Boris Johnson, with his December election win and which saw him gaining a large majority within the House of Commons, has now finally managed to secure the first stage of the departure of the UK from the European Union. This began for real at the end of January. The decision to leave the EU was made some three years ago and the issue has dominated any discussions about our future relations with the rest of Europe and indeed the rest of the world too.
Yet despite this, now the serious hard work begins, with pending discussions on a potential US – UK free trade deal, as well as similar trade deals with China, Canada, India, Australia, New Zealand to name but a few.
The development of Free Trade deals with the likes of Australia, Canada and New Zealand seems a delicious irony, as when the UK joined the EU in 1973, it was at the expense our former Commonwealth partners – and so this brings a sense of déjà vu. And of course, the Canadians, Australians and New Zealanders are all skilled agri food exporters in their own right and veterans of numerous rounds of international trade discussions.
They will see this an opportunity to export to the UK, as much as we see it an opportunity to export to them. And developing trade deals with the Indians and Chinese is not something for the faint hearted. It is noted that the Australians took 10 years to negotiate a trade deal with the Chinese. With India, the question of inherently high tariff barriers and complex non tariff barriers will take time to unravel.
The UK has stated that it seeks to develop new trade arrangements with many other countries around the world – this includes the US, where President Trump has promised the UK, he will negotiate a “quick and outstanding” deal – the concern in the UK is though – for who?
There are concerns in the UK farming and food sector about the prospect of highly competitive US poultry, beef and soybeans being able to enter the UK market to the detriment of UK farmers. There is also the possibility of US businesses being able to access the National Health Service, which has an annual budget of some US$150 billion. And a trade deal between the UK and the US could see increased imports of products such as apples, pears, grapes, berry fruit and citrus from the US.
The UK has already secured trade deals with exporters such as Chile, Peru and other Latin American suppliers who will be able to carry on trading with the UK under the same tariff rates as they currently do, regardless of the final nature of our Brexit arrangements. The UK has also stated its intent to develop a Free Trade Agreement with the Gulf Countries such as Saudi Arabia, the UAE, Oman, Kuwait, Bahrain and Qatar who have a combined GDP of some US$ 3 trillion. UK food exports have increased to some US$ 30 billon per annum with markets outside the EU becoming increasingly important and this includes the Middle East.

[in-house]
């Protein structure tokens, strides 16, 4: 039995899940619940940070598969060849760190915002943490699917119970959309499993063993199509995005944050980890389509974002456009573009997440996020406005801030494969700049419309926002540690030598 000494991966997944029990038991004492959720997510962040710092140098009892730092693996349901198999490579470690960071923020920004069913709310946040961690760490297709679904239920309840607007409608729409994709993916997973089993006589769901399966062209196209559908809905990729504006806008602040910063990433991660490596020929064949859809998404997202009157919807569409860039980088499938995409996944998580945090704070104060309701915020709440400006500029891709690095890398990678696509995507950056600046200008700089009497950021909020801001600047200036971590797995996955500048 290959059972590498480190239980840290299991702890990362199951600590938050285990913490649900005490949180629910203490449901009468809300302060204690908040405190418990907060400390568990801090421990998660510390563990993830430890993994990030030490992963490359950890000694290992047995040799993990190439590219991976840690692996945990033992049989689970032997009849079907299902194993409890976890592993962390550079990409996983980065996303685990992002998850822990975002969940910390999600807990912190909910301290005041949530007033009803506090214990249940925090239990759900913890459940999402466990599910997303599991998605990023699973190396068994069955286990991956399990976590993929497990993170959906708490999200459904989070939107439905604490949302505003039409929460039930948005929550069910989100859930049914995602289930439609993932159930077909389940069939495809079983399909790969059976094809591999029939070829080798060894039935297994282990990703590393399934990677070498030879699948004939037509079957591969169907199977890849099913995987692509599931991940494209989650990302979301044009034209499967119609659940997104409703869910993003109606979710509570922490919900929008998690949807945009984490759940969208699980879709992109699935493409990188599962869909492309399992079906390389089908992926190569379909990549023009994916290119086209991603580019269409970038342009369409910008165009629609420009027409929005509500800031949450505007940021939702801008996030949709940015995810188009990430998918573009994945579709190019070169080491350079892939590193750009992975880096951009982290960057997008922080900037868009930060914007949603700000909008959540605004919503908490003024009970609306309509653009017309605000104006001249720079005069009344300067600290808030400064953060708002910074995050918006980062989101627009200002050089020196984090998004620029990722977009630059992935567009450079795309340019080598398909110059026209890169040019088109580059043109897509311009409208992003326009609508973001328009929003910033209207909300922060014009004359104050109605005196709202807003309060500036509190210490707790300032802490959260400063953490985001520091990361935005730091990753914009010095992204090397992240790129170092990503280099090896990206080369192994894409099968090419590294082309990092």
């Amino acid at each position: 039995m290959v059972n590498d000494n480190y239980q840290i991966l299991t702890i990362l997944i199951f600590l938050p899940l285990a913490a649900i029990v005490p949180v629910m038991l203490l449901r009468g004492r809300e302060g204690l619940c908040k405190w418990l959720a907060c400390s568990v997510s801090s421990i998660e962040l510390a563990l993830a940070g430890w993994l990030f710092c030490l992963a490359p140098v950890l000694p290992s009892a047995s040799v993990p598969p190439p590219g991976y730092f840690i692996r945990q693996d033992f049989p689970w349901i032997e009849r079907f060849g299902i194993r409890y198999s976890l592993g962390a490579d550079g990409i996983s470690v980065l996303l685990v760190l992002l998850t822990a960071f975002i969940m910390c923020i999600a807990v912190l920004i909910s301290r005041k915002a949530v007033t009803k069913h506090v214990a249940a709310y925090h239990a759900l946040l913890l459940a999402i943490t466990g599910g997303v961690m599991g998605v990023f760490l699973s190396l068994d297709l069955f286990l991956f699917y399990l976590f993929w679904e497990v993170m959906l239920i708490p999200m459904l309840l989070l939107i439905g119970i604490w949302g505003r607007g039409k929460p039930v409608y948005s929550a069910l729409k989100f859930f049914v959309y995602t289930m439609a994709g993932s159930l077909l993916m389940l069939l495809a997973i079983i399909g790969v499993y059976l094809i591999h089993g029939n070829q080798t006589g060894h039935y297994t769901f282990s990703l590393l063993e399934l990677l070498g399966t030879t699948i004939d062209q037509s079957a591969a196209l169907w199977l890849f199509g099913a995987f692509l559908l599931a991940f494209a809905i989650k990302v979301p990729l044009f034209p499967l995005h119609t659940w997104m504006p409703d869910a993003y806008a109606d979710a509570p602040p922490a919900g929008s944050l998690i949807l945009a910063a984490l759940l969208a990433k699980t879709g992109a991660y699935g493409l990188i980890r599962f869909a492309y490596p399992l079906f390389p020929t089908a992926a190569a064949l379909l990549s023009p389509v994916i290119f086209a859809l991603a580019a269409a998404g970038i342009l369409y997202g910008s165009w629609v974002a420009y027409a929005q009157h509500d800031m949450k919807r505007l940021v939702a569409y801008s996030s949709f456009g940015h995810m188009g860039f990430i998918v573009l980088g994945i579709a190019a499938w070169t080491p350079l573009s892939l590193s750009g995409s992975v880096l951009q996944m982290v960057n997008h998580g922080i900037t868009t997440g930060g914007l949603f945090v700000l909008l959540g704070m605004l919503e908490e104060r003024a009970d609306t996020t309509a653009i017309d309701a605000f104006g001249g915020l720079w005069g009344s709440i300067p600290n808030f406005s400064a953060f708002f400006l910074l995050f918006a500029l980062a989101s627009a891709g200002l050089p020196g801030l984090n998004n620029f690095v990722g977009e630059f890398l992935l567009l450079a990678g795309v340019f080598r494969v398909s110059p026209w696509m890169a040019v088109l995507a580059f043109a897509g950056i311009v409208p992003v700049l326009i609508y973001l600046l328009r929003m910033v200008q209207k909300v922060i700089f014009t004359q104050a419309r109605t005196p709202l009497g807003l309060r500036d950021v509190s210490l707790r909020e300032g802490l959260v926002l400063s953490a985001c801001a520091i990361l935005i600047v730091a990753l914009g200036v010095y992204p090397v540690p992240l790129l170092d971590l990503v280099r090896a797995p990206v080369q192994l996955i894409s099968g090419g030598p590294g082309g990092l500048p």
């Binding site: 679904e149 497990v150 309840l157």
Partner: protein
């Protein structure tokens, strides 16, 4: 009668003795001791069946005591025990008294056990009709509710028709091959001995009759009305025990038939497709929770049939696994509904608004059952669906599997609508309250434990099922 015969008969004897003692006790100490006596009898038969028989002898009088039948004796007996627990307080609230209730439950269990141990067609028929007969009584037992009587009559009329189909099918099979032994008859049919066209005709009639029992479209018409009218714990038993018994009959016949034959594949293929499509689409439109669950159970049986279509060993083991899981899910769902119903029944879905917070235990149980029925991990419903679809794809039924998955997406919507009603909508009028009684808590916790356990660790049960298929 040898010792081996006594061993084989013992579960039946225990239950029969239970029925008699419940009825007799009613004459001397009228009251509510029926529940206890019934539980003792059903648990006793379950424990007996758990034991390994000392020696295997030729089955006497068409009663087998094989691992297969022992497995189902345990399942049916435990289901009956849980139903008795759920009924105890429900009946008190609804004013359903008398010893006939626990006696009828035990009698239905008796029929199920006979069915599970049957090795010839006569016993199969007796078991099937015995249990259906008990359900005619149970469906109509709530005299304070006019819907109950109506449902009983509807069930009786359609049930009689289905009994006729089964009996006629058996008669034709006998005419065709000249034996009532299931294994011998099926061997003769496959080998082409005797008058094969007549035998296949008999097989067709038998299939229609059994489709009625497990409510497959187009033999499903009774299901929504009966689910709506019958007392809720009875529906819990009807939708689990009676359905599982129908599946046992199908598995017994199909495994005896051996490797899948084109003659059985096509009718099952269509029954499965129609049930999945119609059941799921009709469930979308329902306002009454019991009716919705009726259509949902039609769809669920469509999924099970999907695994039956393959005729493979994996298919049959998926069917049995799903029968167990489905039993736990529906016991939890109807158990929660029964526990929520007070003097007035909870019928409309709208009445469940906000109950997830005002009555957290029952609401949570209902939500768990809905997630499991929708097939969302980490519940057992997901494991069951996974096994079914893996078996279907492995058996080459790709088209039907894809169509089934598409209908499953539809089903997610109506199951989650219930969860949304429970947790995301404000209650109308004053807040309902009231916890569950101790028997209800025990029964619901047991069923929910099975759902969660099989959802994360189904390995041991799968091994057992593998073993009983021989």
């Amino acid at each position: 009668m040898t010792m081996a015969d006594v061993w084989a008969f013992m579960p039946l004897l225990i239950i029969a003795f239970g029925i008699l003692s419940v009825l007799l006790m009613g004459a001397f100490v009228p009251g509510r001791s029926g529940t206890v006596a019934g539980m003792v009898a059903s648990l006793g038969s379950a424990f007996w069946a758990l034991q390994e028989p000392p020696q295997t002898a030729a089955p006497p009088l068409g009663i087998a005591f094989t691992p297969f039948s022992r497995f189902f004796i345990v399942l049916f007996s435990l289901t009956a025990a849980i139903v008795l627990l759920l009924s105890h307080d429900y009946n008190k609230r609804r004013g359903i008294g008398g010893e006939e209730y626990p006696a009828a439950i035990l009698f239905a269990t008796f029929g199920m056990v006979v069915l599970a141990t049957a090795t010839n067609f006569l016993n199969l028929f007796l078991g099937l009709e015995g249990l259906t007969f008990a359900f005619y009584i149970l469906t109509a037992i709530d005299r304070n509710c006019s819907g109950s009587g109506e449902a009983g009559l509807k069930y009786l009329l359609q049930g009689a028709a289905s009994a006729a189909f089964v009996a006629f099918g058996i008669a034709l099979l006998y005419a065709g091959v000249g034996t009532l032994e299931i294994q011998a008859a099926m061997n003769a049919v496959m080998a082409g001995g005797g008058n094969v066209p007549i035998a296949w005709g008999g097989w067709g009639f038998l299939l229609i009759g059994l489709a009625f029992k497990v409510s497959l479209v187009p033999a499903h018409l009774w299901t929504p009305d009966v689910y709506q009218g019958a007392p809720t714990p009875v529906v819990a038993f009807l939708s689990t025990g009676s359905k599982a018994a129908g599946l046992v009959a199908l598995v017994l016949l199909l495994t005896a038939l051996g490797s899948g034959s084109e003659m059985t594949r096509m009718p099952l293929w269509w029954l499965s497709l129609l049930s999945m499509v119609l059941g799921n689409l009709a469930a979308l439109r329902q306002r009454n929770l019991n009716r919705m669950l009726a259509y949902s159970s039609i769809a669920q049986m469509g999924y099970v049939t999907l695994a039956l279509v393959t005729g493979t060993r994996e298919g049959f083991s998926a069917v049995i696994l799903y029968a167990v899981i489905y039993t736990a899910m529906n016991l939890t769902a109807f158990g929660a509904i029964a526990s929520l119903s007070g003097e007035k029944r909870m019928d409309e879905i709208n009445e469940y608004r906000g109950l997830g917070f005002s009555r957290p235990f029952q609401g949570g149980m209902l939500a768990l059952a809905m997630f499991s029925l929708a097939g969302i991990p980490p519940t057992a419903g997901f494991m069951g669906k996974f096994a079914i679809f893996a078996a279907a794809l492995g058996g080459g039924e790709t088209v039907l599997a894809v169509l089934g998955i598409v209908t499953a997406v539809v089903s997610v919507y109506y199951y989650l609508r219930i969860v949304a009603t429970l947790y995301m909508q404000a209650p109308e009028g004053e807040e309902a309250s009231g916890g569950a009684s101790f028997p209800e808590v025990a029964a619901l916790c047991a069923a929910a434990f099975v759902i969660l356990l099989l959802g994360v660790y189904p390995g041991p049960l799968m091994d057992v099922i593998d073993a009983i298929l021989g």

Our final departure from the EU is still far away in terms of how it will work – on – the – ground. There will be a period of 11 months starting from now working on the key issues to be resolved, such as the nature of trade tariffs and non-tariff barriers between the UK and the EU, the movement of labour and the highly sensitive issue of the Irish border.
In public, everyone says they want a deal on all these things, but the threat of No Deal remains. This would see the UK reverting to trading with the rest of Europe and other countries on a WTO basis. There could still well be a lot of water to flow under the bridge on this one.
Since we have all experienced the 3 years of uncertainty that the delay has caused to date, we have had to sit back and wait, with no firm idea on a EU trade deal on what to plan for and when. This includes the fresh produce sector, where we import huge volumes from the likes of Spain, Italy, France and the Netherlands.
It is fair to say that everyone wants an end to the Brexit process – business, politicians and the voters. The stakes are still high though and Boris Johnson must find a way of resolving them when the issues are still complex and full of political, economic and social challenges.
And the agenda on the development of new trade deals for the UK seems an ambitious one to say the least. The new government is full of optimism on this point and while the UK has already agreed new trade arrangements with some 20 countries, the reality is that these account for just 8% of UK’s international trade.
This is very much a case of picking off the low hanging fruit – with the really big challenges of the EU, the US, Oceania and Asian countries, such as India and China still to come. As someone said to me once – “John, there is no such thing as a job for life as you know but being a trade negotiator might be the next best thing!” Watch this space.
John is a Divisional Director with Promar International, the consulting arm of Genus plc and has worked on produce assignments in some 60 countries around the world. He is also the President of the UK’s Chartered Institute of Marketing’s food, drink & agricultural group and can be contacted at [email protected]